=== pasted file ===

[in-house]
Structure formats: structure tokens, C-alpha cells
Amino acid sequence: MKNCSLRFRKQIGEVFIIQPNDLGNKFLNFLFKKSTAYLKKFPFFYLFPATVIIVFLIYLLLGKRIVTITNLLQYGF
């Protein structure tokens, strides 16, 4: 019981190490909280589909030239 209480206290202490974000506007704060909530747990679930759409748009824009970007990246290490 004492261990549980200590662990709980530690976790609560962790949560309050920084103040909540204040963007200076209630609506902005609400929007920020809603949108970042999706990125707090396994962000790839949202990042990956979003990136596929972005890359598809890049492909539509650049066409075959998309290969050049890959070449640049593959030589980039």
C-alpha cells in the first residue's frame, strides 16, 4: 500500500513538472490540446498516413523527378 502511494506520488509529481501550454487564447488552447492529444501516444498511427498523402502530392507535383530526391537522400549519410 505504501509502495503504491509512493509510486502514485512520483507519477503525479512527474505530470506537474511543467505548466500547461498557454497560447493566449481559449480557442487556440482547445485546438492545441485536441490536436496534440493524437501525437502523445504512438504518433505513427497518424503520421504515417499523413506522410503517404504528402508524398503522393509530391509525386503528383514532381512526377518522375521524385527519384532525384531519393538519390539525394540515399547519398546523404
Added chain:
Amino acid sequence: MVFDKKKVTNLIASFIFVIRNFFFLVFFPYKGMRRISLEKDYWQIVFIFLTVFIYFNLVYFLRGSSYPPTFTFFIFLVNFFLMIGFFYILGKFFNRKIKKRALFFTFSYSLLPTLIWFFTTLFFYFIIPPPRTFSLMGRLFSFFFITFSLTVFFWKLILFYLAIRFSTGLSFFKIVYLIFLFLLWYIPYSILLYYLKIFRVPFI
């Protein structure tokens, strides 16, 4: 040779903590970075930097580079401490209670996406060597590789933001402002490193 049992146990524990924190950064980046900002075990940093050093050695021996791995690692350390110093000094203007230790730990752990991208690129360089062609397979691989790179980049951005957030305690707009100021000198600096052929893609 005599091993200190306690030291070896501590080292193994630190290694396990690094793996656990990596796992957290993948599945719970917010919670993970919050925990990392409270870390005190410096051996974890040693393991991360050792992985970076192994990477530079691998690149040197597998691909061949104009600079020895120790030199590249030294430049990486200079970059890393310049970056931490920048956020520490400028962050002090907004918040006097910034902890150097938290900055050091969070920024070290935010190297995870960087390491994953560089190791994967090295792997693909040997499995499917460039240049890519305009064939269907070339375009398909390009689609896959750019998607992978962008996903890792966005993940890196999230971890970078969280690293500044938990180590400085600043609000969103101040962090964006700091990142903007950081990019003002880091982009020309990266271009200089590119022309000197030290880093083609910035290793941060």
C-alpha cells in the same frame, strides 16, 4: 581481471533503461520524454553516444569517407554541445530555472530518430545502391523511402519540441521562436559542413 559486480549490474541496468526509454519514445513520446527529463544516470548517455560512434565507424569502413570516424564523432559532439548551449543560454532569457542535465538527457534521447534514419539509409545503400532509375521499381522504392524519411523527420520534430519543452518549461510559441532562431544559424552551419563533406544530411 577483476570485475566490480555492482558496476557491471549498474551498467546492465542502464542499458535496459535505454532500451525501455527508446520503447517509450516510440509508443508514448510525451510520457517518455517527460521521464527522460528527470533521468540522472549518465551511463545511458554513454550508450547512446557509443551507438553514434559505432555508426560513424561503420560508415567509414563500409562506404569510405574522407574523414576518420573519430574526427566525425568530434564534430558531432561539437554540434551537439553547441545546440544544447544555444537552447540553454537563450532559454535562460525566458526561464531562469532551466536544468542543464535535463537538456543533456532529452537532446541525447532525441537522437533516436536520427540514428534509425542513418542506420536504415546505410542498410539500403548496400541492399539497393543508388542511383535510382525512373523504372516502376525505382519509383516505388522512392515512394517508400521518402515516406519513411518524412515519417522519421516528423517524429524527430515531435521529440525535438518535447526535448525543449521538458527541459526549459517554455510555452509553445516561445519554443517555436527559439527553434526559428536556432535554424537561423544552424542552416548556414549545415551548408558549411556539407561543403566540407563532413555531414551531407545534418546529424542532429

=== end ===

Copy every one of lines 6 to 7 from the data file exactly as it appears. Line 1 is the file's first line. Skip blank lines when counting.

Added chain:
Amino acid sequence: MVFDKKKVTNLIASFIFVIRNFFFLVFFPYKGMRRISLEKDYWQIVFIFLTVFIYFNLVYFLRGSSYPPTFTFFIFLVNFFLMIGFFYILGKFFNRKIKKRALFFTFSYSLLPTLIWFFTTLFFYFIIPPPRTFSLMGRLFSFFFITFSLTVFFWKLILFYLAIRFSTGLSFFKIVYLIFLFLLWYIPYSILLYYLKIFRVPFI